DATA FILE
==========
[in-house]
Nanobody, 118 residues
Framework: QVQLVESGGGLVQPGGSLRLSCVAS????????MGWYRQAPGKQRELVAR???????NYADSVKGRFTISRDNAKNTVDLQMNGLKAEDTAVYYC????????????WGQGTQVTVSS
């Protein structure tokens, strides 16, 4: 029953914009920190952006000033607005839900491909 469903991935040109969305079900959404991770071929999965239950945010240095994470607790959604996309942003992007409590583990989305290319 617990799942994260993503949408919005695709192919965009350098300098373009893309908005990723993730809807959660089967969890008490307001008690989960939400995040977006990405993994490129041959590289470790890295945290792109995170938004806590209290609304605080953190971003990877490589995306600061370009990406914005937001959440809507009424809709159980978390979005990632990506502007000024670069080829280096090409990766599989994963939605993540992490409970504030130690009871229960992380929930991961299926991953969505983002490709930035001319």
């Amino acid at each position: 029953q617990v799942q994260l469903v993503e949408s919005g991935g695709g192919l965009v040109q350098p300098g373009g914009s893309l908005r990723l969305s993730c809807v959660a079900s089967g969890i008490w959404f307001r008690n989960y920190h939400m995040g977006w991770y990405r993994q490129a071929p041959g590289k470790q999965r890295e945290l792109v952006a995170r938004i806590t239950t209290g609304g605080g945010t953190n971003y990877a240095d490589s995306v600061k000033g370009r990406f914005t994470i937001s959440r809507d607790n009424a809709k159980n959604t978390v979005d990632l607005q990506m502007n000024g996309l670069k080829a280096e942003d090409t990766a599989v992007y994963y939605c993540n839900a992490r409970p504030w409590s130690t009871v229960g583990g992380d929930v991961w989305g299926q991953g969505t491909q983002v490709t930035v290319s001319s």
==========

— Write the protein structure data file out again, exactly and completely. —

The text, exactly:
[in-house]
Nanobody, 118 residues
Framework: QVQLVESGGGLVQPGGSLRLSCVAS????????MGWYRQAPGKQRELVAR???????NYADSVKGRFTISRDNAKNTVDLQMNGLKAEDTAVYYC????????????WGQGTQVTVSS
């Protein structure tokens, strides 16, 4: 029953914009920190952006000033607005839900491909 469903991935040109969305079900959404991770071929999965239950945010240095994470607790959604996309942003992007409590583990989305290319 617990799942994260993503949408919005695709192919965009350098300098373009893309908005990723993730809807959660089967969890008490307001008690989960939400995040977006990405993994490129041959590289470790890295945290792109995170938004806590209290609304605080953190971003990877490589995306600061370009990406914005937001959440809507009424809709159980978390979005990632990506502007000024670069080829280096090409990766599989994963939605993540992490409970504030130690009871229960992380929930991961299926991953969505983002490709930035001319």
């Amino acid at each position: 029953q617990v799942q994260l469903v993503e949408s919005g991935g695709g192919l965009v040109q350098p300098g373009g914009s893309l908005r990723l969305s993730c809807v959660a079900s089967g969890i008490w959404f307001r008690n989960y920190h939400m995040g977006w991770y990405r993994q490129a071929p041959g590289k470790q999965r890295e945290l792109v952006a995170r938004i806590t239950t209290g609304g605080g945010t953190n971003y990877a240095d490589s995306v600061k000033g370009r990406f914005t994470i937001s959440r809507d607790n009424a809709k159980n959604t978390v979005d990632l607005q990506m502007n000024g996309l670069k080829a280096e942003d090409t990766a599989v992007y994963y939605c993540n839900a992490r409970p504030w409590s130690t009871v229960g583990g992380d929930v991961w989305g299926q991953g969505t491909q983002v490709t930035v290319s001319s």